We have greater faith that the center can deliver enough to make a difference at the national level, because Narendra Modi has extensive experience in governing as Chief Minister of a major State, and his political party, the BJP, ruled as India’s government for a number of years. The Chief Minister of Delhi, Arvind Kejriwal, and his Aam Adami Party (AAP), on the other hand, are new, untested and inexperienced, and in spite of all good intentions, therefore suspect on deliverability. Nevertheless, any change towards less corruption will be beneficial at the National and State levels.
The last time there was such hope and optimistic anticipation, on the potential of India manifesting itself in reality, was in 1991, when the Congress led Government, tabled its first right-of-centre reform minded budget. The Samajwadi Janta Dal/Congress led Governments, due to a ‘Balance of Payment’ crisis, in 1991, were forced to pledge India’s gold reserves to secure a bailout of $2.2 Billion from the IMF, which in turn also demanded that the government undertake liberalizing economic reforms to unshackle India’s economy from decades of stifling socialist policies.
After Independence in 1947, India had chosen the Russian-styled, centrally planned, heavy-handed political and bureaucratic socialist system, which had smothered innovation and efficiency in the public, and the protected (from foreign competition) India’s private sector for decades. As a result India’s citizens were held captive to a regressive economic system that condemned them to a prolonged second class status vis-a-vis the rapidly advancing West, and in lock-step with their equally beleaguered compatriots in communist Russia, China and the other socialist economic and political systems. Those decades of underdevelopment present an unprecedented opportunity now for above-average advancement, like China’s bold break from its economic past under Deng Chow Ping’s - ‘to be rich is glorious’ - mantra.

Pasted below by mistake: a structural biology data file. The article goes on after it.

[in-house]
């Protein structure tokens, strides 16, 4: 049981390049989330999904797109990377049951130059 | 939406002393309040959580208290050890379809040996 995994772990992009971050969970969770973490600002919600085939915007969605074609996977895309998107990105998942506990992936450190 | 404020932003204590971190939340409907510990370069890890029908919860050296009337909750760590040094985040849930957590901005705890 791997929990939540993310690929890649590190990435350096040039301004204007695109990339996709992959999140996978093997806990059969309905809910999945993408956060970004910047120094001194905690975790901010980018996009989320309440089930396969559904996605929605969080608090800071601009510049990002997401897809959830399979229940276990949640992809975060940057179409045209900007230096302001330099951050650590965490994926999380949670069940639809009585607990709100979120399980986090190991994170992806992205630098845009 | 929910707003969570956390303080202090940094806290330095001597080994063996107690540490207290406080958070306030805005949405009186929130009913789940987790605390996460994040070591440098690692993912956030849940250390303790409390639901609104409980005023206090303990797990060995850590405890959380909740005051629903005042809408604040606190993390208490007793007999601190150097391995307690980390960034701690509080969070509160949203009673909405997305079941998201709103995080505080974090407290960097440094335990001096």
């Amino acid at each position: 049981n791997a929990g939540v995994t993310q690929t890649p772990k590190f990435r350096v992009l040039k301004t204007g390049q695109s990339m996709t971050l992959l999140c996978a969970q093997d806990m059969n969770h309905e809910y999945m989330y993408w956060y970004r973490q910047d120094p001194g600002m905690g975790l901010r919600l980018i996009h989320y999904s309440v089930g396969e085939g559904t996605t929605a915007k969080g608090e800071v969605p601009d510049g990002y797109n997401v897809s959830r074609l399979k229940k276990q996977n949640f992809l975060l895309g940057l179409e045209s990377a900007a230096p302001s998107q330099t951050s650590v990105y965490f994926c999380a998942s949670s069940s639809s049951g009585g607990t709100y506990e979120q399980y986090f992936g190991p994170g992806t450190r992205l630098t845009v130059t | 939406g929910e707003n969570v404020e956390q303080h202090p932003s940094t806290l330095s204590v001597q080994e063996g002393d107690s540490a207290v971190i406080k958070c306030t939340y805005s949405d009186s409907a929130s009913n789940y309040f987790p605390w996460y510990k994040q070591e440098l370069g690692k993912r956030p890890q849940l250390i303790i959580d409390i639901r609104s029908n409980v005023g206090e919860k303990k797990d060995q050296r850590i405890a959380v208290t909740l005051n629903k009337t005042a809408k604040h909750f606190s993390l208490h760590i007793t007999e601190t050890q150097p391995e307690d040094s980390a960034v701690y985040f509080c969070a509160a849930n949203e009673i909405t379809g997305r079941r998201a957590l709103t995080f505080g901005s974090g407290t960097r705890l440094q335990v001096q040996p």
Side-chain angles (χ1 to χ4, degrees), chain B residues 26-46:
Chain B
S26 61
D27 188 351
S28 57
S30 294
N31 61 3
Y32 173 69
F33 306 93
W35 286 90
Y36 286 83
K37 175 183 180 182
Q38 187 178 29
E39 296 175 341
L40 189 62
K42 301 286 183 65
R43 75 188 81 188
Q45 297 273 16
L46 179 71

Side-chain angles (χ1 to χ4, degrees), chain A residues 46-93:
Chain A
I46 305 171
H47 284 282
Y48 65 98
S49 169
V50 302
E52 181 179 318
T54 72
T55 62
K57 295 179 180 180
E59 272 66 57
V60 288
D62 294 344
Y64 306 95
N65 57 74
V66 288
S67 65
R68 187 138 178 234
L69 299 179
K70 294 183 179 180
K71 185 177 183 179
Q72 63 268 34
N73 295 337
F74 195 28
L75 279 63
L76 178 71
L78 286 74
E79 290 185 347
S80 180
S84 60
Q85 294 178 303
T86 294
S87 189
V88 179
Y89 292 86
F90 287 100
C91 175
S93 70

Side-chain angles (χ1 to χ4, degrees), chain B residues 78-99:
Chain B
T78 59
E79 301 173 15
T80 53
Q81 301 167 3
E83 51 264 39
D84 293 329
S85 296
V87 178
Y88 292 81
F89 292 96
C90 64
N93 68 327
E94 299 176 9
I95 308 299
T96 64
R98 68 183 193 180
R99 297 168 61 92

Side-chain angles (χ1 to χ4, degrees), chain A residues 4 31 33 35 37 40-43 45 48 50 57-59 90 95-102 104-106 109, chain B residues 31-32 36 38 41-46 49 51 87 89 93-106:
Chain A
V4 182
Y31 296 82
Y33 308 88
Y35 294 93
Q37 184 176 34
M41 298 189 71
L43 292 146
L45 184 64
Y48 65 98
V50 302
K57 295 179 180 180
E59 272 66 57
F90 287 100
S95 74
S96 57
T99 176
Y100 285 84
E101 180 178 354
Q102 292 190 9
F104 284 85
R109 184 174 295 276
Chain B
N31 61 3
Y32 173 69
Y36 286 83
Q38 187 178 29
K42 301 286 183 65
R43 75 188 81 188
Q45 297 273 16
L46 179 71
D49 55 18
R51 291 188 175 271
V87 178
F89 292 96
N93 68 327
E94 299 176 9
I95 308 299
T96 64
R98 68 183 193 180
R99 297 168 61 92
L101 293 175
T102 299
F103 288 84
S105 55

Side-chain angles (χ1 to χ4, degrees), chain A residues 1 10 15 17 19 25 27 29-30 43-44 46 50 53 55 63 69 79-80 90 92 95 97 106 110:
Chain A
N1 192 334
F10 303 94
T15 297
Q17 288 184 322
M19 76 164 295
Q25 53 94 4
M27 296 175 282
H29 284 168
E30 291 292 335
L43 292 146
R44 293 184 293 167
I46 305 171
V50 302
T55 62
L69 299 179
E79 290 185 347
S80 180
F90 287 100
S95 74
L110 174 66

Even though induced by a real financial crisis in 1991, that almost had India default on its foreign obligations, and not by any real pre-meditated brilliant insights of the Indian Government, the ‘1991 Reforms’ nevertheless worked, as the opening of the Indian economy produced tangible positive changes. This shift towards a more liberal economy, imperfectly adhered to over the past two decades (more or less) by successive governments, was responsible for the rather dramatic lunge forward of India towards modernization, and the break from the traditionally accepted minimal rate of economic growth. The Chart below shows the dramatic upward swing in the economic growth rate from 1991. The Indian economy slowed in the recent years because of the 2008 global recession, and the ever larger and increasingly dysfunctional ruling government coalitions, the resulting policy paralysis, and the stunning increase in the scale of corruption, under the 17 party governing coalition led by the Congress Party.
With the recent change in government, with an overwhelming majority, in 30 years, and with a more determined attitude towards fixing India’s age old problems, India’s growth rate has once again jumped. The change in attitude in India, in the people, in government, and in governance, however early stage, bodes well for India. Its right-of-center economic policies at the national level, position it to grow steadily even as the rest of the major economies struggle or stall in the coming years. The reason for India’s potential for above average growth is, on a per capita basis, it is one of the most underdeveloped major economies. India has a population of more than 1.2 Billion (growing by approximately 16 Million per year) crammed into a land mass of about a third the size of China. And yet, India is projected to overtake China by about 2030 and become the most populated country in the World. Such extreme density will exacerbate India’s existing problems. However, its internal consumption, which is estimated at about 60% of its economic output, will continue to rise with its otherwise scary population growth, and provide relatively strong consistent demand, when most other major economies start stalling, as now.